This comment was posed as a question at an event I recently attended and prompted many nods of agreement.
It’s a sentiment I hear too often and I respond with steam and empathy in equal dollops.
We expect a lot from women, especially senior women. Not only are we expected to jump over higher hurdles to prove ourselves, we’re expected to be feminine, assertive, acquiescent, nice, smart, effective, efficient, beautiful, humble, proud, good, caring, responsible, reliable, diligent and extend a hand to all other women, to help and mentor on call.
None of these expectations are necessarily explicit or even conscious, but when we don’t live up to them, our loyalty, credibility or authority is questioned and we’re labelled as ‘worse than the men’, ‘not supportive,’ ‘aggressive,’ ‘competitive,’ or ’hostile’.
Men aren’t any better off. They’re expected to lead and know what to do. They must look confident and be sure of themselves even in circumstances when the most sane and rational response would be uncertainty and doubt. Men have learned it’s their job to take charge, so they don capes like super heroes and run, jump and fly with certainty. We shouldn’t be surprised when they misjudge and crash in a heap of testosterone.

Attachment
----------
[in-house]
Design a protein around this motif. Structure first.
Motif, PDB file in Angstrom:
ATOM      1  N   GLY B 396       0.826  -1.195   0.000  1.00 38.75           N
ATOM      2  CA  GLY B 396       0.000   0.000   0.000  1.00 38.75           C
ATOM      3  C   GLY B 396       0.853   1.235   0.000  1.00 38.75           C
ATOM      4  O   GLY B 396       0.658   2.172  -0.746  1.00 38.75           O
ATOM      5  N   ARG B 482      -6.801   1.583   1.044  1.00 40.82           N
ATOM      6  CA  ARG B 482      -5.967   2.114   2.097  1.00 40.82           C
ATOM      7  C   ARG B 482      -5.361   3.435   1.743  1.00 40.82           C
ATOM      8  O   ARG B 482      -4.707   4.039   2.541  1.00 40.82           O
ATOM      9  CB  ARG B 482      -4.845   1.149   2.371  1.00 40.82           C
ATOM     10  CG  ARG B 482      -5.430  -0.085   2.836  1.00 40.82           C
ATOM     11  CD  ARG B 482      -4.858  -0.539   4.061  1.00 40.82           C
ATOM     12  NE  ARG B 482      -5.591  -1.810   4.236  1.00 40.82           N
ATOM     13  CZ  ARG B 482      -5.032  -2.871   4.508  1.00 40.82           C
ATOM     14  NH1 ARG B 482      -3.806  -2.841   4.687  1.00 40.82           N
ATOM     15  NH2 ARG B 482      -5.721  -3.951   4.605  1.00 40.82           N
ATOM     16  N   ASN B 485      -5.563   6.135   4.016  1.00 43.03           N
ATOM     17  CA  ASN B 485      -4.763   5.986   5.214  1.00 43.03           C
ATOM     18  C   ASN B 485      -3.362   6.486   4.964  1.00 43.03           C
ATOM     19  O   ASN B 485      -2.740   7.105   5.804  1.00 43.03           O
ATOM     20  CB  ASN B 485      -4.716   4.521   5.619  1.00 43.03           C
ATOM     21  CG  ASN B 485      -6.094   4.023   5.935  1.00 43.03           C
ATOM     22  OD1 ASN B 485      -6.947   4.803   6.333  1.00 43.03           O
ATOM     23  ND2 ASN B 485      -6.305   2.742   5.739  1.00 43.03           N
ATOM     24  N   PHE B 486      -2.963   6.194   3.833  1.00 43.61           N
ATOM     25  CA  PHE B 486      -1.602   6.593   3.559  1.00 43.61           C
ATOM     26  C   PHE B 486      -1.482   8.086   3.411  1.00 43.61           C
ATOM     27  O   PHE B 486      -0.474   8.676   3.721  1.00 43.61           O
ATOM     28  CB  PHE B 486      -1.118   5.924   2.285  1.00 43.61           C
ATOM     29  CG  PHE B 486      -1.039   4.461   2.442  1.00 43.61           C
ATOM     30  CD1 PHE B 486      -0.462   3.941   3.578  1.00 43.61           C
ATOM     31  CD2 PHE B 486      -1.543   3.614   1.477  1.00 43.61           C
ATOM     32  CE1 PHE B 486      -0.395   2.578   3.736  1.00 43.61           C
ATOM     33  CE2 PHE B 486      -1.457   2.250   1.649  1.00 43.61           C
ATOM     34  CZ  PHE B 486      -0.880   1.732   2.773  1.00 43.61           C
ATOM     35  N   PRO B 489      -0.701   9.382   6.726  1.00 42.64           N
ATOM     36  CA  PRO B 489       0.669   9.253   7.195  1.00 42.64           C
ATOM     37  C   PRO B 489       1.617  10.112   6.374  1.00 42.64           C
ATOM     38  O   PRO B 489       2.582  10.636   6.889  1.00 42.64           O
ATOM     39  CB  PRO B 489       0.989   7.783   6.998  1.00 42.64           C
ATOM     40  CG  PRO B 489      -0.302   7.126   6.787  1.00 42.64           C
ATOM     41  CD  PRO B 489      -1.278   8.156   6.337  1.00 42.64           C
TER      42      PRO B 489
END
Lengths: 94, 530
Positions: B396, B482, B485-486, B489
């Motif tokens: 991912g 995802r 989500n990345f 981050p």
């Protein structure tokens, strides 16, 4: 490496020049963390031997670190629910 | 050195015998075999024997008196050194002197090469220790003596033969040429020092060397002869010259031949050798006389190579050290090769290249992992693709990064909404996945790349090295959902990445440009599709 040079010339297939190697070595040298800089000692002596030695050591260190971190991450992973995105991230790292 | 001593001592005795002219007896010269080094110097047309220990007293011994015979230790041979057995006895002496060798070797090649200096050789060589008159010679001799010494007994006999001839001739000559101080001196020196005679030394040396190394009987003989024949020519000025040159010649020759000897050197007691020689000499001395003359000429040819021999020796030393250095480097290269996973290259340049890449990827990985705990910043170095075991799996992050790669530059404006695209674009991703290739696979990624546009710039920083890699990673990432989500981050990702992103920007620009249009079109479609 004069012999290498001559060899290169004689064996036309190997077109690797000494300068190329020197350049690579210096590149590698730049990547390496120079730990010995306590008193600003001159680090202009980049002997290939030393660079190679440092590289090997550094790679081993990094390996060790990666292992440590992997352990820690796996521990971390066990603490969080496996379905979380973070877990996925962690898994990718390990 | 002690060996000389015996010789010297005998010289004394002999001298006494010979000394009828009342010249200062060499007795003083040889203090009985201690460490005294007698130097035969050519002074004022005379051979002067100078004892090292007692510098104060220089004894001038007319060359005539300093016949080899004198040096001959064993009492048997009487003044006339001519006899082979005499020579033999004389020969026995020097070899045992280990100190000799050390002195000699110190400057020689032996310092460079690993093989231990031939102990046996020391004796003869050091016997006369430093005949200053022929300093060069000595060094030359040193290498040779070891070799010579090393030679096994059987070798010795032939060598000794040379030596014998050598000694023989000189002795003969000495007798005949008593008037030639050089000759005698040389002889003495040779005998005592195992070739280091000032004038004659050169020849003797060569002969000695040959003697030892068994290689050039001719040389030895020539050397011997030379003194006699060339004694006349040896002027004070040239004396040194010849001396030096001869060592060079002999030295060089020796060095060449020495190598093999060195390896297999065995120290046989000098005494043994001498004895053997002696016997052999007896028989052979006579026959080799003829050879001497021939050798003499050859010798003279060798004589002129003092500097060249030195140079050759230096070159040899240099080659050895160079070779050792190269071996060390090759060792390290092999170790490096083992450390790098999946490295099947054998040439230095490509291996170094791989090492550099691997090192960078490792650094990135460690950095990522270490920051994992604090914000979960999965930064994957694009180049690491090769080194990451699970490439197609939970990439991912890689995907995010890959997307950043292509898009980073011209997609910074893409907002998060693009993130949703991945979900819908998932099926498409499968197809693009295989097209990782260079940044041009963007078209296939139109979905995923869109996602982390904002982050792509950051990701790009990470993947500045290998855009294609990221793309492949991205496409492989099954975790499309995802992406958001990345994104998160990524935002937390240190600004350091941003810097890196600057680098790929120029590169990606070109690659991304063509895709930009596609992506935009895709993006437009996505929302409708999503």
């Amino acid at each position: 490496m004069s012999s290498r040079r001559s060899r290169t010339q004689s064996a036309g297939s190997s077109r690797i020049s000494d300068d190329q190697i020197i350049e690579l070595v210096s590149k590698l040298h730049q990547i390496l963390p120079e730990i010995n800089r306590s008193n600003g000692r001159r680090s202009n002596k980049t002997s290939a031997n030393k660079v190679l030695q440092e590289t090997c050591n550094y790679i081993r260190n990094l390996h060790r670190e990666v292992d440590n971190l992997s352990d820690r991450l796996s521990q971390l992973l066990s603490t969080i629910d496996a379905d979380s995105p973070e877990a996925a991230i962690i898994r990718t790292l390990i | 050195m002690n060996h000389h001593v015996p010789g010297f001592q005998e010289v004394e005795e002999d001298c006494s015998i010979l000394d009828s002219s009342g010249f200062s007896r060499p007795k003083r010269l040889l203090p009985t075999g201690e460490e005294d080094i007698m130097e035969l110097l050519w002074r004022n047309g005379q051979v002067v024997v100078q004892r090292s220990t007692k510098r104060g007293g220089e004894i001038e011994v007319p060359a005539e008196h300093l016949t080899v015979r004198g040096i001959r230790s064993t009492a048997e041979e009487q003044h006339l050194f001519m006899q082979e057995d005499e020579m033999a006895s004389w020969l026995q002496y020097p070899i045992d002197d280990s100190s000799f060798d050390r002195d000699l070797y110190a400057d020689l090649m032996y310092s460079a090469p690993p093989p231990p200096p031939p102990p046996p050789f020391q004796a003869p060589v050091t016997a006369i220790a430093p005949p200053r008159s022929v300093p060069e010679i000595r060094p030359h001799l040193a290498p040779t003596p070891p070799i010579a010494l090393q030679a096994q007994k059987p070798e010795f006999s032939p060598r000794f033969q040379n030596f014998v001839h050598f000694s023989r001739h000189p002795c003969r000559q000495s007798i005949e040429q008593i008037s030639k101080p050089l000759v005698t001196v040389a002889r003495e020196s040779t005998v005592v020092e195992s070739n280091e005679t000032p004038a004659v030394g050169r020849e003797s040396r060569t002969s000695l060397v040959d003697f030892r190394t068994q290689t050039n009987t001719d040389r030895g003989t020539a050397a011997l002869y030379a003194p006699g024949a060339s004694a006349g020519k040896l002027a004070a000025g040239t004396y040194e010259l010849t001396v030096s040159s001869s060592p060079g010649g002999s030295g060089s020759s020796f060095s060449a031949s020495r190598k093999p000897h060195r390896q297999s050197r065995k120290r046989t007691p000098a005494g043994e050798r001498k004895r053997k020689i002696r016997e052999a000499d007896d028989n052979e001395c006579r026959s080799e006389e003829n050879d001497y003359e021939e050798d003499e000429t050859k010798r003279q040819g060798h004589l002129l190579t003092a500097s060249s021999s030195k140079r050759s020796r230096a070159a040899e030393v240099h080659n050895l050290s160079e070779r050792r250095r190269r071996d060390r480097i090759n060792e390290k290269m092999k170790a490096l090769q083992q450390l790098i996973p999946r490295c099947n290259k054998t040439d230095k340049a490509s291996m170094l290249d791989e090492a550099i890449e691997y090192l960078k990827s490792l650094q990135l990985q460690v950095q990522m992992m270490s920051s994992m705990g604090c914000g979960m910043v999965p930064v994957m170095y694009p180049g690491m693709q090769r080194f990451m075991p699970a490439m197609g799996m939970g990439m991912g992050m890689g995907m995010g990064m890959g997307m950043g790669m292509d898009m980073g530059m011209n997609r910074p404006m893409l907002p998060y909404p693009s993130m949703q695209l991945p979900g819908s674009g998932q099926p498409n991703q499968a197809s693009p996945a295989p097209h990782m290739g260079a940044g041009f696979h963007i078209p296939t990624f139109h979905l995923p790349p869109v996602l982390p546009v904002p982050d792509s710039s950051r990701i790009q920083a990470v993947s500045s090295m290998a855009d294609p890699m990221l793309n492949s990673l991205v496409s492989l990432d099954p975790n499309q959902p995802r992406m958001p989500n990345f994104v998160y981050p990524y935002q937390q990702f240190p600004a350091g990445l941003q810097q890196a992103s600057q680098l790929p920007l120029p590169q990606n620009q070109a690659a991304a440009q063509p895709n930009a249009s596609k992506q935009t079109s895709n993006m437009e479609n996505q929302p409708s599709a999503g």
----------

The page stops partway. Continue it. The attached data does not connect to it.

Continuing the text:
The challenges that women and men face are social, structural and cultural. Women are as afflicted by unconsciously held beliefs and assumptions about who they should be, what they’re capable of and how they should behave as men, but it’s harder to be a woman in a senior role than it is to be a man.
This is because the few women in these positions are highly visible. Every mistake is amplified and it’s harder to get away with merely being human.
It is important that women encourage and support each other, and many do, but frankly, when they’re so busy doing their jobs and attempting to conform to whatever is expected of them, there’s already enough on their plate.
We need more women at the top and it’s a really hard gig. Let’s support and encourage them, and offer our friendship, not our criticism.